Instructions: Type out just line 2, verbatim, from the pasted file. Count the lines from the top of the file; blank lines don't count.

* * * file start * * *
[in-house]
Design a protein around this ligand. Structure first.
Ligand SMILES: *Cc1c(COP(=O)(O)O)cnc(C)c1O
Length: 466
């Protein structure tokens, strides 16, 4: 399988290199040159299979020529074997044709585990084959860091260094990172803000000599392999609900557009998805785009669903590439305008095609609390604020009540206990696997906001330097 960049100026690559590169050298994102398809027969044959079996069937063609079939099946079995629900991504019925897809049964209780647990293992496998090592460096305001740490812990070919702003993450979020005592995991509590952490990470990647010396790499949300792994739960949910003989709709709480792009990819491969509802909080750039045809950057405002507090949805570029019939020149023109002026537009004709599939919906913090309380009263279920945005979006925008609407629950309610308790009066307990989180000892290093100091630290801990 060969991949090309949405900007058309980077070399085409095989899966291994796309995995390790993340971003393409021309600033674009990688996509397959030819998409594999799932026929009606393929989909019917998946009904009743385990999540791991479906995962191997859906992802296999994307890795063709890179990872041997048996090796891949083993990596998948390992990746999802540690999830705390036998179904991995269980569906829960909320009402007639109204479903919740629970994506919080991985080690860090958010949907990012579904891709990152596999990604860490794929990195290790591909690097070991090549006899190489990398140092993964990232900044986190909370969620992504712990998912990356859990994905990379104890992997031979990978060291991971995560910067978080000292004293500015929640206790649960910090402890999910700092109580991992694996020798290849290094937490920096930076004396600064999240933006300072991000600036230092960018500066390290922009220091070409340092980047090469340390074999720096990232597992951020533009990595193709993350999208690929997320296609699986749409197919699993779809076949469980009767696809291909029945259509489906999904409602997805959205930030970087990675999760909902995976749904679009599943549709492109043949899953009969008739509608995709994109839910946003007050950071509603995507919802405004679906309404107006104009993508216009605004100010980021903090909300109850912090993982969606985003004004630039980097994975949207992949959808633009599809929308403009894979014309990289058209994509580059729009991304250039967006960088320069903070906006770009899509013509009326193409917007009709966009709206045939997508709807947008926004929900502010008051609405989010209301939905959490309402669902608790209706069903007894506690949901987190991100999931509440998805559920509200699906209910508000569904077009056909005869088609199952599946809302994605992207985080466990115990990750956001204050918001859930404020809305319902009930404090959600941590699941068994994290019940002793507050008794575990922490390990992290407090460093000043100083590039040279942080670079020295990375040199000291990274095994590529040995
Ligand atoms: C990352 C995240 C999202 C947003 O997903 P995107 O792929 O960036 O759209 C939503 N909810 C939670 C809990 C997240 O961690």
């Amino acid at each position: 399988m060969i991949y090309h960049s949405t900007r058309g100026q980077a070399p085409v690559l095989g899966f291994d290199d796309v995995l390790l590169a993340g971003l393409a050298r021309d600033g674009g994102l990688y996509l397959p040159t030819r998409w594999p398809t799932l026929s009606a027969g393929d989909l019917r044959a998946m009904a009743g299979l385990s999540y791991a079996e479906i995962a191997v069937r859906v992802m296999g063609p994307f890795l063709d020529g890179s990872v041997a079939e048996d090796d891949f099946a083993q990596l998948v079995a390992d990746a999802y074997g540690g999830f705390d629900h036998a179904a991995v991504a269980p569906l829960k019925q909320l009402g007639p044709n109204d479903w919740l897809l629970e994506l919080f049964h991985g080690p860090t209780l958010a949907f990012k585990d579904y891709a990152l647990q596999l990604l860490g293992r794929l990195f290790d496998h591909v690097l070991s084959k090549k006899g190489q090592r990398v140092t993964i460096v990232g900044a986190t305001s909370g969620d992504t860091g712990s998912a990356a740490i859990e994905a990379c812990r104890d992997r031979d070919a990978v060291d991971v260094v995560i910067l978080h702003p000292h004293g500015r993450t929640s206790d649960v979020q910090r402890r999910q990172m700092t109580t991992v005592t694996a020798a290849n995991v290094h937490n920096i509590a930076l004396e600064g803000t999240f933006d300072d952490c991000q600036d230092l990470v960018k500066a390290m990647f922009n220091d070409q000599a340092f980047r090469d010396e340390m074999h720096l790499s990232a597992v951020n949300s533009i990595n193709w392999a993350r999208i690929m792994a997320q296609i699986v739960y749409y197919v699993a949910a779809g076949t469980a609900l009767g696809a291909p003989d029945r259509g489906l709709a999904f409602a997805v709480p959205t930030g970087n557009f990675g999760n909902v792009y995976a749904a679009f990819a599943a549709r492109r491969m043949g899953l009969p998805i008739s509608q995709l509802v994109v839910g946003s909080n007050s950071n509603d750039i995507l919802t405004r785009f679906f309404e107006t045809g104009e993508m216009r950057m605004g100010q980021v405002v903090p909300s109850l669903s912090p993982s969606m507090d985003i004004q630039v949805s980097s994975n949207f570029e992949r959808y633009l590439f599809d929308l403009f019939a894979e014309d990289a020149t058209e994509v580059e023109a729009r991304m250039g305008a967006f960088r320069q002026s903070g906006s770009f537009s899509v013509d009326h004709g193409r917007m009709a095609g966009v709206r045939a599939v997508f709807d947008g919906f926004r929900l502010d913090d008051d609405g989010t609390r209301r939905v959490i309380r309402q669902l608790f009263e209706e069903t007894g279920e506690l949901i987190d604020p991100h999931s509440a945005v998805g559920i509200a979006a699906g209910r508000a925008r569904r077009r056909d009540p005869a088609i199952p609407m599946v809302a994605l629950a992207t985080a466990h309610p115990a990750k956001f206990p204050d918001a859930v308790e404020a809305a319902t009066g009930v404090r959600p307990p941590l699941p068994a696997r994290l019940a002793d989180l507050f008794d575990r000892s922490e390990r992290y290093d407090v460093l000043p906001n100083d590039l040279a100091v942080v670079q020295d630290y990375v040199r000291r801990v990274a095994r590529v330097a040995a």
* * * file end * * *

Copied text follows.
Design a protein around this ligand. Structure first.